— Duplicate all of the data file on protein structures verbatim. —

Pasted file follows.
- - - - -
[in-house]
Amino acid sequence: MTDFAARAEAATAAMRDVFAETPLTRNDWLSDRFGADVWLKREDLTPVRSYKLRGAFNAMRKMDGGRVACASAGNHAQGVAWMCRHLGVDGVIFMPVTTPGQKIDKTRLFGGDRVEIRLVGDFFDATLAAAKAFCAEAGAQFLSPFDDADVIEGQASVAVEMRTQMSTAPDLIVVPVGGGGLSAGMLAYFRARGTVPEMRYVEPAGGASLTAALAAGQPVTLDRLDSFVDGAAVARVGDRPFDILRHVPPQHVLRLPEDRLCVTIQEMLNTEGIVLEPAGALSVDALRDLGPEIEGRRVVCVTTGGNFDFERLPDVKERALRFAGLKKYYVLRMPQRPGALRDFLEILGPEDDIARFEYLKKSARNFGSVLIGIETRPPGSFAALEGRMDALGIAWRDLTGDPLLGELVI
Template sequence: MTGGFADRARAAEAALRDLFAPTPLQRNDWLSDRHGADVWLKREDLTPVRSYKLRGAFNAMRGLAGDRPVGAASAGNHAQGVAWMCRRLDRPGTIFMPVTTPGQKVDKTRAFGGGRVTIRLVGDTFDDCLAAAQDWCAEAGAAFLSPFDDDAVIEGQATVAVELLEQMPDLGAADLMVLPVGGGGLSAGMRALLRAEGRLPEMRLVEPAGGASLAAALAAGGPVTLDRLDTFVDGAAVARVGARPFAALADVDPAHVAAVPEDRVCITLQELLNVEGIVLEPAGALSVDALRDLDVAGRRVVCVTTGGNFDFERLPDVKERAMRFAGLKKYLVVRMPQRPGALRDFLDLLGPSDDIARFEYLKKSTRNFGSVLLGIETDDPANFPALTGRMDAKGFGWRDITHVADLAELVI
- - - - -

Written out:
[in-house]
Amino acid sequence: MTDFAARAEAATAAMRDVFAETPLTRNDWLSDRFGADVWLKREDLTPVRSYKLRGAFNAMRKMDGGRVACASAGNHAQGVAWMCRHLGVDGVIFMPVTTPGQKIDKTRLFGGDRVEIRLVGDFFDATLAAAKAFCAEAGAQFLSPFDDADVIEGQASVAVEMRTQMSTAPDLIVVPVGGGGLSAGMLAYFRARGTVPEMRYVEPAGGASLTAALAAGQPVTLDRLDSFVDGAAVARVGDRPFDILRHVPPQHVLRLPEDRLCVTIQEMLNTEGIVLEPAGALSVDALRDLGPEIEGRRVVCVTTGGNFDFERLPDVKERALRFAGLKKYYVLRMPQRPGALRDFLEILGPEDDIARFEYLKKSARNFGSVLIGIETRPPGSFAALEGRMDALGIAWRDLTGDPLLGELVI
Template sequence: MTGGFADRARAAEAALRDLFAPTPLQRNDWLSDRHGADVWLKREDLTPVRSYKLRGAFNAMRGLAGDRPVGAASAGNHAQGVAWMCRRLDRPGTIFMPVTTPGQKVDKTRAFGGGRVTIRLVGDTFDDCLAAAQDWCAEAGAAFLSPFDDDAVIEGQATVAVELLEQMPDLGAADLMVLPVGGGGLSAGMRALLRAEGRLPEMRLVEPAGGASLAAALAAGGPVTLDRLDTFVDGAAVARVGARPFAALADVDPAHVAAVPEDRVCITLQELLNVEGIVLEPAGALSVDALRDLDVAGRRVVCVTTGGNFDFERLPDVKERAMRFAGLKKYLVVRMPQRPGALRDFLDLLGPSDDIARFEYLKKSTRNFGSVLLGIETDDPANFPALTGRMDAKGFGWRDITHVADLAELVI